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Articles taggués ‘iptables recent module’

iptables « recent » module and hit limits

14/04/2016 Comments off

iptables « recent » module and hit limits

iptables « recent » module and hit limits

Those annoying ssh attacks

You know those. you have tried blockhosts, denyhosts, fail2ban, and they can still be annoying.

an alternative is to use some feature or features of iptables.

Two possible uses … examples

Your default INPUT chain policy is ACCEPT

This is the version that is found online, typically under tags such as Brute-force.

one adds lines to ones iptables

iptables -N SSHSCAN

iptables -A INPUT -i eth0 -p tcp -m tcp --dport 22 -m state --state NEW -j SSHSCAN 

iptables -A SSHSCAN -m recent --set --name SSH --rsource 
iptables -A SSHSCAN -m recent --update --seconds 3600 --hitcount 5 --name SSH --rsource -j LOG --log-prefix "Anti SSH-Bruteforce: " --log-level 6 
iptables -A SSHSCAN -m recent --update --seconds 3600 --hitcount 5 --name SSH --rsource -j DROP

Your default INPUT chain policy is DROP

This is a variation of the above, but takes into account the DROP policy. It is a small change, but necessary if you really want to be able to log in via ssh.

iptables -N SSHSCAN

iptables -A INPUT -i eth0 -p tcp -m tcp --dport 22 -m state --state NEW -j SSHSCAN

iptables -A SSHSCAN -m recent --set --name SSH --rsource
iptables -A SSHSCAN -m recent --update --seconds 3600 --hitcount 5 --name SSH --rsource -j LOG --log-prefix "Anti SSH-Bruteforce: " --log-level 6
iptables -A SSHSCAN -m recent --update --seconds 3600 --hitcount 5 --name SSH --rsource -j LogDrp
iptables -A SSHSCAN -j ACCEPT

Discussion

The recent module takes a number of options, and the examples above demonstrate some.

  • —name xyz give a name to the particular ‘class’ you are defining
  • —rsource in the list you keep, use the remote (source) address
  • —rcheck see if the address is in the list
  • —update like rcheck, but update the timestamp for tracking hits
  • —seconds the number of seconds to track the address
  • —hitcount the number of hits withing the time defined be —seconds at which point the rule gets activated.

So, in the examples, after the chain is defined to exist ( -N SSHSCAN), we have an INPUT rule that says ‘go to chain SSHSCAN if the destination port is 22’. In that chain, we set the module’s reference to this as SSH; then we tell it how to log this, if we have gotten 5 hits within 3600 seconds (actually more, as the time is updated rather than checked) and after that, DROP the next packets.

If the address has not gone up to 5 hits, it passes through and gets ACCEPTed.

Depending on your kernel and version of iptables, you can find the current list in

/proc/self/net/xt_recent/SSH

or

/proc/net/ipt_recent/SSH

ipsets

what does one do when one’s iptables rules start to get long? cpu and memory hit hard? convert a table to an ipset.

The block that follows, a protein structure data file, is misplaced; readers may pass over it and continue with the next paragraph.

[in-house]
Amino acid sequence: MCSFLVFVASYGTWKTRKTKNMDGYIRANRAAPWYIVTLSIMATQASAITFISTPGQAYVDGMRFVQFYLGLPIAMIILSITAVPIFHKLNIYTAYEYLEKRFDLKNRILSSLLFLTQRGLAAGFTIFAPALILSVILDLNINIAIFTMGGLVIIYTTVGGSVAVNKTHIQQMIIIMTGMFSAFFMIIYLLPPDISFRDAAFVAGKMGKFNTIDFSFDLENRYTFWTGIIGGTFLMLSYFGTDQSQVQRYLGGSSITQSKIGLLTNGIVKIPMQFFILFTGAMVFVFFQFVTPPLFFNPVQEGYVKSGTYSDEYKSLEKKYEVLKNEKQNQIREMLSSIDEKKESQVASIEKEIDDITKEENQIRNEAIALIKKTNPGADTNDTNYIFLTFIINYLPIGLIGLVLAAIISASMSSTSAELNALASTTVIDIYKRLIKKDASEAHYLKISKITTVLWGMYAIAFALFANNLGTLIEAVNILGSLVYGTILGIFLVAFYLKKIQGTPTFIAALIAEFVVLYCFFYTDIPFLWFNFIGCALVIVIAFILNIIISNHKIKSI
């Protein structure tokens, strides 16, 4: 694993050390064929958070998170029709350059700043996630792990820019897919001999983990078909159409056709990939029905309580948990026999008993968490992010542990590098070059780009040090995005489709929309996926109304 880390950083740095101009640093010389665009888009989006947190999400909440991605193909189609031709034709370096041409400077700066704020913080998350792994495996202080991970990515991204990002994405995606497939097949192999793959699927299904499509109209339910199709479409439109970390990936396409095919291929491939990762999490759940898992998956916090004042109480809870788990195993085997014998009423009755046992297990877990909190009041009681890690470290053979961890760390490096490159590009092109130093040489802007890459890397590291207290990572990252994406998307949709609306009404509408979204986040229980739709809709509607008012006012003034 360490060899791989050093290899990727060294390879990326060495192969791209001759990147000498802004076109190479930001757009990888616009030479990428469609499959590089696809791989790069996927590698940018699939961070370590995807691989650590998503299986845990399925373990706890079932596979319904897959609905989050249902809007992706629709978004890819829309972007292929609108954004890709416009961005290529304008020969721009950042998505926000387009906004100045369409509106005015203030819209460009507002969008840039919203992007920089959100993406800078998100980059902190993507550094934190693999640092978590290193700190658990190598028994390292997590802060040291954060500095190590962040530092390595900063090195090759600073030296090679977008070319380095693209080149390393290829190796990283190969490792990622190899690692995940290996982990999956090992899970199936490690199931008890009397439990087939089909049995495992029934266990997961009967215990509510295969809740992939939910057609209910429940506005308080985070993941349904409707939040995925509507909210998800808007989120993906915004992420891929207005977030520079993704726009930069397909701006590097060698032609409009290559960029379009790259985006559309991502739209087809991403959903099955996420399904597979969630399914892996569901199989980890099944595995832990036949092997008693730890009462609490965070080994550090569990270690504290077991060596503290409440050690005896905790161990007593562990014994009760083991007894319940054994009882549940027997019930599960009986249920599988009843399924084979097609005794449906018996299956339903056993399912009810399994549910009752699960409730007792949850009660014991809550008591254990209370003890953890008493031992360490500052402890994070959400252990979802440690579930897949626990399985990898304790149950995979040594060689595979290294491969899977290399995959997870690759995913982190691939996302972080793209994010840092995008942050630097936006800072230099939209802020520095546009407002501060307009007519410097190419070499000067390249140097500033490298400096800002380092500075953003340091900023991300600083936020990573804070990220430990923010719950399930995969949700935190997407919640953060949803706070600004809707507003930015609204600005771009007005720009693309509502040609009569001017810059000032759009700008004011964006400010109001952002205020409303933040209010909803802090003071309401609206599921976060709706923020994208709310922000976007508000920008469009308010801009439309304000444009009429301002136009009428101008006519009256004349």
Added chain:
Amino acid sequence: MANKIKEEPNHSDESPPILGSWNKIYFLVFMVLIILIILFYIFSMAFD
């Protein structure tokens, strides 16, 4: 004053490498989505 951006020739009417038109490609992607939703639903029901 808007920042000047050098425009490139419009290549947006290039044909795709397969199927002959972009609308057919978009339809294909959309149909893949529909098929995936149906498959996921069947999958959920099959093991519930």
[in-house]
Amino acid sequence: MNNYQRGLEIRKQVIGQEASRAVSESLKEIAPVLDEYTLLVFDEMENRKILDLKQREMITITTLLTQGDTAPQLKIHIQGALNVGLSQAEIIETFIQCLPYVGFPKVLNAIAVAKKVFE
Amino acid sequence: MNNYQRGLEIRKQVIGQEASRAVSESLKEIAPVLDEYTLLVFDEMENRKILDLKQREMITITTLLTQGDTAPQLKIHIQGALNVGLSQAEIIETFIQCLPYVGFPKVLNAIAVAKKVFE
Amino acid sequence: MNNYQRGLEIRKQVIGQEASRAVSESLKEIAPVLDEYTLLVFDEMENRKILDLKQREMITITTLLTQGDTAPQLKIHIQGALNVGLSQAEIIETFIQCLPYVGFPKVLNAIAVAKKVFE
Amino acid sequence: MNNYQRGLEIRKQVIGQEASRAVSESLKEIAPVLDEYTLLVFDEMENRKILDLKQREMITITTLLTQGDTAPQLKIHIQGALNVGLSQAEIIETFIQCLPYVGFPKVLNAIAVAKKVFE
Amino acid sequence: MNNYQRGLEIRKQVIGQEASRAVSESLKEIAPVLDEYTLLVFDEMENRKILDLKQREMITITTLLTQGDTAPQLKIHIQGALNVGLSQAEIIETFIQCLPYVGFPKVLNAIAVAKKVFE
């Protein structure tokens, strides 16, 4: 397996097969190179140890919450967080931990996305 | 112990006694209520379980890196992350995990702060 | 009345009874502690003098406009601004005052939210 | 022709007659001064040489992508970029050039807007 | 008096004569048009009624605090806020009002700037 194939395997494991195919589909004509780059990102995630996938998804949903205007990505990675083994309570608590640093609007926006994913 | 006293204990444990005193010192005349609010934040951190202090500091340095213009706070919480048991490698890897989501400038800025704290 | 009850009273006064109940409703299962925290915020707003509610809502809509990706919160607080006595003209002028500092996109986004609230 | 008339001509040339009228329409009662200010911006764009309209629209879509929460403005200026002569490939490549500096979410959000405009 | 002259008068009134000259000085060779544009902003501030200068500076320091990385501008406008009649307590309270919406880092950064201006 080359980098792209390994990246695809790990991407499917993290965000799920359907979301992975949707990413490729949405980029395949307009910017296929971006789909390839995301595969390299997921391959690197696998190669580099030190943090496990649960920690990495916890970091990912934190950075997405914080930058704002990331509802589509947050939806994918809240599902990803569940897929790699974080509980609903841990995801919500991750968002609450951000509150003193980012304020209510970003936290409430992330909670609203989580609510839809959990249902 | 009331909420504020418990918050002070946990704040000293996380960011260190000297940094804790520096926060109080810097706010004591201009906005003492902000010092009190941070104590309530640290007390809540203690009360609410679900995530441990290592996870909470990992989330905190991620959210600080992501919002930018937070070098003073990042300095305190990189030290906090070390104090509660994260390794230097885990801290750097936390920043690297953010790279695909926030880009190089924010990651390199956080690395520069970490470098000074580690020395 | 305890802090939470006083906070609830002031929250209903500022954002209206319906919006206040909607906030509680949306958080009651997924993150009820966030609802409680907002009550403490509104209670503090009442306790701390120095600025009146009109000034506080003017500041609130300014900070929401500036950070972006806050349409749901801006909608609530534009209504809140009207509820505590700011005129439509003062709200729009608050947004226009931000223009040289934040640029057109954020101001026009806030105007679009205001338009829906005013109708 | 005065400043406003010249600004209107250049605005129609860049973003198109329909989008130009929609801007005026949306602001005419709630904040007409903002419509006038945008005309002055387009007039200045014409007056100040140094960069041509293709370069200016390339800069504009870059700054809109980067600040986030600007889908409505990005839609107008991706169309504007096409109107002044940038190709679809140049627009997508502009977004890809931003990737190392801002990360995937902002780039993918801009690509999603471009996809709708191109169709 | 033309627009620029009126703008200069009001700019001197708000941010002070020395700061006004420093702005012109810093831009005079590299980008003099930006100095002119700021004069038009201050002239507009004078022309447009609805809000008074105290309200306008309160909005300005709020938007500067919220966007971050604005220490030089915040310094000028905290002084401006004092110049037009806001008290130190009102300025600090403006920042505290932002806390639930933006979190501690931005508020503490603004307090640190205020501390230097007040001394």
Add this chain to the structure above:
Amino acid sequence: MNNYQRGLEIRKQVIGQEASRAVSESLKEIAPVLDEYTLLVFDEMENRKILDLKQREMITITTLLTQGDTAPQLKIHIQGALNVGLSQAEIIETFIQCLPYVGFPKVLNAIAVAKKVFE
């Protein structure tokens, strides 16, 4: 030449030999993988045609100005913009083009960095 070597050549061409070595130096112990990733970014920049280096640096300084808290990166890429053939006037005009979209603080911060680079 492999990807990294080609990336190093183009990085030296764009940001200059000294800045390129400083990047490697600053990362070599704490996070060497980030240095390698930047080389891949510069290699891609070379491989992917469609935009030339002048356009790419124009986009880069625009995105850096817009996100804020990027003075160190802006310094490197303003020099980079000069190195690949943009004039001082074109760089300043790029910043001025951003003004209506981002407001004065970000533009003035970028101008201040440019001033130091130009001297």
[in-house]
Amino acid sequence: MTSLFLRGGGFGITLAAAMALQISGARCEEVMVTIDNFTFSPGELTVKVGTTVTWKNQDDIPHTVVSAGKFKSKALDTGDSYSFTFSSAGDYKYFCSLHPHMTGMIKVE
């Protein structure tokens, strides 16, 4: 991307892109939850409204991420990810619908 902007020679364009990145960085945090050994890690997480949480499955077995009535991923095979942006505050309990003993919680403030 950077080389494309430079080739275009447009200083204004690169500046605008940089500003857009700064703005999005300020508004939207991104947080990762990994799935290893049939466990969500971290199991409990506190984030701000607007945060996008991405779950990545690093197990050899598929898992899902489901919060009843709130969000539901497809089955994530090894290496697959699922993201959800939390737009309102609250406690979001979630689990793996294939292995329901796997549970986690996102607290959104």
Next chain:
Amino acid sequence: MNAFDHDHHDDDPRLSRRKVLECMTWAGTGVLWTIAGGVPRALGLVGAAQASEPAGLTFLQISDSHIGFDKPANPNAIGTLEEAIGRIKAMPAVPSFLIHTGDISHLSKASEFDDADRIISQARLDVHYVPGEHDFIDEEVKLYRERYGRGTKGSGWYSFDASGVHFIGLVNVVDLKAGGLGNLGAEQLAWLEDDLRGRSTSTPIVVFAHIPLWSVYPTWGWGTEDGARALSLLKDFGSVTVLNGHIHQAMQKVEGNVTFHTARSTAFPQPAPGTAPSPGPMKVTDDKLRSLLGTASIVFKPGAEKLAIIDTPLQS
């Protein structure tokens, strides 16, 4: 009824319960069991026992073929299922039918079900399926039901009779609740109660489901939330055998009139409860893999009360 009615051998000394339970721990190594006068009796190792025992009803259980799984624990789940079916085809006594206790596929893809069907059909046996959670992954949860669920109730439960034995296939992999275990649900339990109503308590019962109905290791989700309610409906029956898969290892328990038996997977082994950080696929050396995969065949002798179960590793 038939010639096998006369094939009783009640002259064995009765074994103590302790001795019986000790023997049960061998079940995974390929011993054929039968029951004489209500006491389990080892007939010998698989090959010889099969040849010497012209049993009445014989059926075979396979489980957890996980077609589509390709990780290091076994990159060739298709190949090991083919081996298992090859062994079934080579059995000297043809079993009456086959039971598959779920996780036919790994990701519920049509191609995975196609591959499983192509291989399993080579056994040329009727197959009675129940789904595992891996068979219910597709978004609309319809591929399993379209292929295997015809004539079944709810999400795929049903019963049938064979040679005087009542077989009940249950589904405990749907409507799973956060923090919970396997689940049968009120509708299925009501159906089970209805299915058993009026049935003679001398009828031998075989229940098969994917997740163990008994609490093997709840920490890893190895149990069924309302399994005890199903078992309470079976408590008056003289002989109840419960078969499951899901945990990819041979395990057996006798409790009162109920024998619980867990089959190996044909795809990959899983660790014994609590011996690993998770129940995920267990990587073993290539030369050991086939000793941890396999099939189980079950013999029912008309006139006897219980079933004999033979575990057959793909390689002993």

here is an example of something i need to test:

ipset -N sshban iphash --hashsize 4096 --probes 2 --resize 50

for i in ` cat /proc/net/xt_recent/SSH  | awk '{print $1;}' | cut -d '=' -f 2 `; do 
ipset -A sshban $i;
echo -$i > /proc/net/xt_recent/SSH
done

where we also have iptables rule

iptables -I INPUT -m set —set sshban src -j DROP

Source: we.riseup.net

iptables recent module usage by example

02/03/2016 Comments off

https://www.dbsysnet.com/wp-content/uploads/2016/06/iptables.jpgiptables recent module usage by example

icmp check: 2 packets per 10 seconds – rcheck

iptables -F
iptables -A INPUT -p icmp --icmp-type echo-request -m recent --rcheck --seconds 10 --hitcount 2 --name ICMPCHECK -j DROP
iptables -A INPUT -p icmp --icmp-type echo-request -m recent --set --name ICMPCHECK -j ACCEPT

icmp check: 2 packets per 10 seconds – update

iptables -F
iptables -A INPUT -p icmp --icmp-type echo-request -m recent --update --seconds 10 --hitcount 2 --name ICMPCHECK -j DROP
iptables -A INPUT -p icmp --icmp-type echo-request -m recent --set --name ICMPCHECK -j ACCEPT

SSH brute-force prevention : 3 connections per 60 seconds

SSHPORT=22
iptables -F
iptables -A INPUT -p tcp --dport ${SSHPORT} -m state --state NEW -m recent --update --seconds 60 --hitcount 3 --name BRUTEFORCE -j DROP 
iptables -A INPUT -p tcp --dport ${SSHPORT} -m state --state NEW -m recent --set --name BRUTEFORCE -j ACCEPT

SSH brute-force prevention : 3 connections per 60 seconds – separate chain

SSHPORT=22
iptables -F
iptables -X
iptables -N BRUTECHECK
iptables -A INPUT -p tcp --dport ${SSHPORT} -m state --state NEW -j BRUTECHECK
iptables -A BRUTECHECK -m recent --update --seconds 60 --hitcount 3 --name BRUTEFORCE -j DROP
iptables -A BRUTECHECK -m recent --set --name BRUTEFORCE -j ACCEPT

SSH port knocking : tcp/1000 , tcp/2000

SSHPORT=22
N1=1000
N2=2000
iptables -F
iptables -X
iptables -N KNOCK1
iptables -N KNOCK2
iptables -N OK

iptables -A KNOCK1 -m recent --set --name SEENFIRST
iptables -A KNOCK1 -m recent --remove --name KNOCKED
iptables -A KNOCK1 -j DROP

iptables -A KNOCK2 -m recent --rcheck --name SEENFIRST --seconds 5 -j OK
iptables -A KNOCK2 -m recent --remove --name SEENFIRST
iptables -A KNOCK2 -j DROP

iptables -A OK -m recent --set --name KNOCKED
iptables -A OK -j DROP

iptables -A INPUT -p tcp --dport ${N1} -j KNOCK1
iptables -A INPUT -p tcp --dport ${N2} -j KNOCK2
iptables -A INPUT -p tcp --dport ${SSHPORT} -m state --state NEW -m recent --seconds 10 --rcheck --name KNOCKED -j ACCEPT
iptables -A INPUT -p tcp --dport ${SSHPORT} -m state --state NEW -j DROP

SSH port knocker script

#!/bin/bash
HOST="172.16.20.2"
SSHPORT=22
KNOCKS="1000 2000"

for PORT in $KNOCKS; do
  echo "Knock: $PORT"
  telnet $HOST $PORT &> /dev/null &
  P=$(echo $!)
  echo "PID: ${P}"
  sleep 1
  kill -KILL ${P}
done
ssh -p${SSHPORT} ${HOST}

Source: Pejman Moghadam